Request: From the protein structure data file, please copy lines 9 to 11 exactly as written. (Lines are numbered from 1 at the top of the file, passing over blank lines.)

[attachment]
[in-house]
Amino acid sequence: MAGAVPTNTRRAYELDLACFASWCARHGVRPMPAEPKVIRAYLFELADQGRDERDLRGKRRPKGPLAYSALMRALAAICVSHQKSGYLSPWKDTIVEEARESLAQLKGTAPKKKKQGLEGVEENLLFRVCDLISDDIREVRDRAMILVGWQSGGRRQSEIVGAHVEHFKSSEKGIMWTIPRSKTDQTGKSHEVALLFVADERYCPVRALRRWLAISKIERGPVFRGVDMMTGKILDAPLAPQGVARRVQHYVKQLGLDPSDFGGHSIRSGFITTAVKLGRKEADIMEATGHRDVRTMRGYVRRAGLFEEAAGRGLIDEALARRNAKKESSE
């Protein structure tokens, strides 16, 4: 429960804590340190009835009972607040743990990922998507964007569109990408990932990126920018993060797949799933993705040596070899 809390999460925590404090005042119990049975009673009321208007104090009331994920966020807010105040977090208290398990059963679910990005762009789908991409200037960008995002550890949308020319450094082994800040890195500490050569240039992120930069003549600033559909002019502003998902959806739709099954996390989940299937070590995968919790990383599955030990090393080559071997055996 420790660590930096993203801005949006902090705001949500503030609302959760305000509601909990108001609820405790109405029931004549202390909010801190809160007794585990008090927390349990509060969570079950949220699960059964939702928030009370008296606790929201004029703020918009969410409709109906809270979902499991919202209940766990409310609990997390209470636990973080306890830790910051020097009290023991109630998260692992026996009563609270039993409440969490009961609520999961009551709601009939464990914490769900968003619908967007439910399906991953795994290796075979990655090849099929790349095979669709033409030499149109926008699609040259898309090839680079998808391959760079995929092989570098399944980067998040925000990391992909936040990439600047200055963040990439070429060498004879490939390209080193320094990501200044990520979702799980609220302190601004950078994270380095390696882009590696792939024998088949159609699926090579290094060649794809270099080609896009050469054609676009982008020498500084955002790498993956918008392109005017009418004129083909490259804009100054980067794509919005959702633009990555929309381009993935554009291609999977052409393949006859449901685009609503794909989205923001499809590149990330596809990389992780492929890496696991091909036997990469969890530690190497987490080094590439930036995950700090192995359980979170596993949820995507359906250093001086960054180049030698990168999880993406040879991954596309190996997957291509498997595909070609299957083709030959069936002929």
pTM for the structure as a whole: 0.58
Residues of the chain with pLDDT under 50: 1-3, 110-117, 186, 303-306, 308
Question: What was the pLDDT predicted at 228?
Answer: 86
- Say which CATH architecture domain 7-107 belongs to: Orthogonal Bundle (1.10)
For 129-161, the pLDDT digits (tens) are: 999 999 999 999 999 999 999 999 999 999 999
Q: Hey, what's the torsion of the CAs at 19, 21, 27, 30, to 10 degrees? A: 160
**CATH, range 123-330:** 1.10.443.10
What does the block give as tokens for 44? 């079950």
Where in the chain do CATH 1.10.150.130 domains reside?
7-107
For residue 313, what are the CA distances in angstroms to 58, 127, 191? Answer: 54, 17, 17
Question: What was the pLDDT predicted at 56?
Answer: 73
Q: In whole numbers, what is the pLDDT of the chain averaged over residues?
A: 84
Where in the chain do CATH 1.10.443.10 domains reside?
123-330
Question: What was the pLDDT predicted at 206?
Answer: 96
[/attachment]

For 129-161, the pLDDT digits (tens) are: 999 999 999 999 999 999 999 999 999 999 999
Q: Hey, what's the torsion of the CAs at 19, 21, 27, 30, to 10 degrees? A: 160
**CATH, range 123-330:** 1.10.443.10